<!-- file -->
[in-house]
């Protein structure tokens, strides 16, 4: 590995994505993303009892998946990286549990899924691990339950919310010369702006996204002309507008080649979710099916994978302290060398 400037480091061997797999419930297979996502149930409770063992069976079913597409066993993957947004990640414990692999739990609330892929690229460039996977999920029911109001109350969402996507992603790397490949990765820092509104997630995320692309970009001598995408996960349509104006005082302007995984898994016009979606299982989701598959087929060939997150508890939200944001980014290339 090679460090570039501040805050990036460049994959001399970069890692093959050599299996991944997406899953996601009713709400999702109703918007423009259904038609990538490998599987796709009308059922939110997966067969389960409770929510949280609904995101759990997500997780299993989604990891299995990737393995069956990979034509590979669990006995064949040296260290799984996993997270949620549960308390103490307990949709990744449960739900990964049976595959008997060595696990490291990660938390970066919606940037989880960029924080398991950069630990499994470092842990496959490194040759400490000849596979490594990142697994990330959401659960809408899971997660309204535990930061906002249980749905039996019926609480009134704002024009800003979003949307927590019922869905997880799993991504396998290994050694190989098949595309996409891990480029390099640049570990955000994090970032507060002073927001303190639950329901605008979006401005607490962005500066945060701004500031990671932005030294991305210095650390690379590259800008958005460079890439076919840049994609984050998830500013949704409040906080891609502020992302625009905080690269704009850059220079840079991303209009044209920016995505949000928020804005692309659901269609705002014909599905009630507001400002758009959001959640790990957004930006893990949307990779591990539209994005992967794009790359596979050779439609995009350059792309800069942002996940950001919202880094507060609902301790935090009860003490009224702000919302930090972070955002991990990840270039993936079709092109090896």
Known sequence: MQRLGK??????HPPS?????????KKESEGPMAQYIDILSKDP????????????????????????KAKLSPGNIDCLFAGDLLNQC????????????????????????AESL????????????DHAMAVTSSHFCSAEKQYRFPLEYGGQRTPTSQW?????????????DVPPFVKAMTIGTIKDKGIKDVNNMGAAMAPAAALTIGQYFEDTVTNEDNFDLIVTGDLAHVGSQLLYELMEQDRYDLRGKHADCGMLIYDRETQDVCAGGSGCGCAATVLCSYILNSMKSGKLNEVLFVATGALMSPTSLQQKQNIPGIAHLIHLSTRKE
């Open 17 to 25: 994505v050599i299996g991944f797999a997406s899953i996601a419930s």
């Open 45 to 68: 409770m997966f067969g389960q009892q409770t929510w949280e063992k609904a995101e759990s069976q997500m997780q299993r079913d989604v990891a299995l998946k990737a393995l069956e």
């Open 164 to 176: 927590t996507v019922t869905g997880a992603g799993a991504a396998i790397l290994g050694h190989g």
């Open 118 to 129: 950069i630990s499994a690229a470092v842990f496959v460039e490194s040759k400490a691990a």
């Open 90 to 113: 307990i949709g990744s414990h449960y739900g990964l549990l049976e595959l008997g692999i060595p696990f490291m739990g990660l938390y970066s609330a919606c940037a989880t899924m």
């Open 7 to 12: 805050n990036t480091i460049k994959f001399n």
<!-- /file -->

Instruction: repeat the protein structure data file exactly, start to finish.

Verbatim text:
[in-house]
């Protein structure tokens, strides 16, 4: 590995994505993303009892998946990286549990899924691990339950919310010369702006996204002309507008080649979710099916994978302290060398 400037480091061997797999419930297979996502149930409770063992069976079913597409066993993957947004990640414990692999739990609330892929690229460039996977999920029911109001109350969402996507992603790397490949990765820092509104997630995320692309970009001598995408996960349509104006005082302007995984898994016009979606299982989701598959087929060939997150508890939200944001980014290339 090679460090570039501040805050990036460049994959001399970069890692093959050599299996991944997406899953996601009713709400999702109703918007423009259904038609990538490998599987796709009308059922939110997966067969389960409770929510949280609904995101759990997500997780299993989604990891299995990737393995069956990979034509590979669990006995064949040296260290799984996993997270949620549960308390103490307990949709990744449960739900990964049976595959008997060595696990490291990660938390970066919606940037989880960029924080398991950069630990499994470092842990496959490194040759400490000849596979490594990142697994990330959401659960809408899971997660309204535990930061906002249980749905039996019926609480009134704002024009800003979003949307927590019922869905997880799993991504396998290994050694190989098949595309996409891990480029390099640049570990955000994090970032507060002073927001303190639950329901605008979006401005607490962005500066945060701004500031990671932005030294991305210095650390690379590259800008958005460079890439076919840049994609984050998830500013949704409040906080891609502020992302625009905080690269704009850059220079840079991303209009044209920016995505949000928020804005692309659901269609705002014909599905009630507001400002758009959001959640790990957004930006893990949307990779591990539209994005992967794009790359596979050779439609995009350059792309800069942002996940950001919202880094507060609902301790935090009860003490009224702000919302930090972070955002991990990840270039993936079709092109090896």
Known sequence: MQRLGK??????HPPS?????????KKESEGPMAQYIDILSKDP????????????????????????KAKLSPGNIDCLFAGDLLNQC????????????????????????AESL????????????DHAMAVTSSHFCSAEKQYRFPLEYGGQRTPTSQW?????????????DVPPFVKAMTIGTIKDKGIKDVNNMGAAMAPAAALTIGQYFEDTVTNEDNFDLIVTGDLAHVGSQLLYELMEQDRYDLRGKHADCGMLIYDRETQDVCAGGSGCGCAATVLCSYILNSMKSGKLNEVLFVATGALMSPTSLQQKQNIPGIAHLIHLSTRKE
């Open 17 to 25: 994505v050599i299996g991944f797999a997406s899953i996601a419930s």
């Open 45 to 68: 409770m997966f067969g389960q009892q409770t929510w949280e063992k609904a995101e759990s069976q997500m997780q299993r079913d989604v990891a299995l998946k990737a393995l069956e």
């Open 164 to 176: 927590t996507v019922t869905g997880a992603g799993a991504a396998i790397l290994g050694h190989g």
């Open 118 to 129: 950069i630990s499994a690229a470092v842990f496959v460039e490194s040759k400490a691990a």
């Open 90 to 113: 307990i949709g990744s414990h449960y739900g990964l549990l049976e595959l008997g692999i060595p696990f490291m739990g990660l938390y970066s609330a919606c940037a989880t899924m």
């Open 7 to 12: 805050n990036t480091i460049k994959f001399n």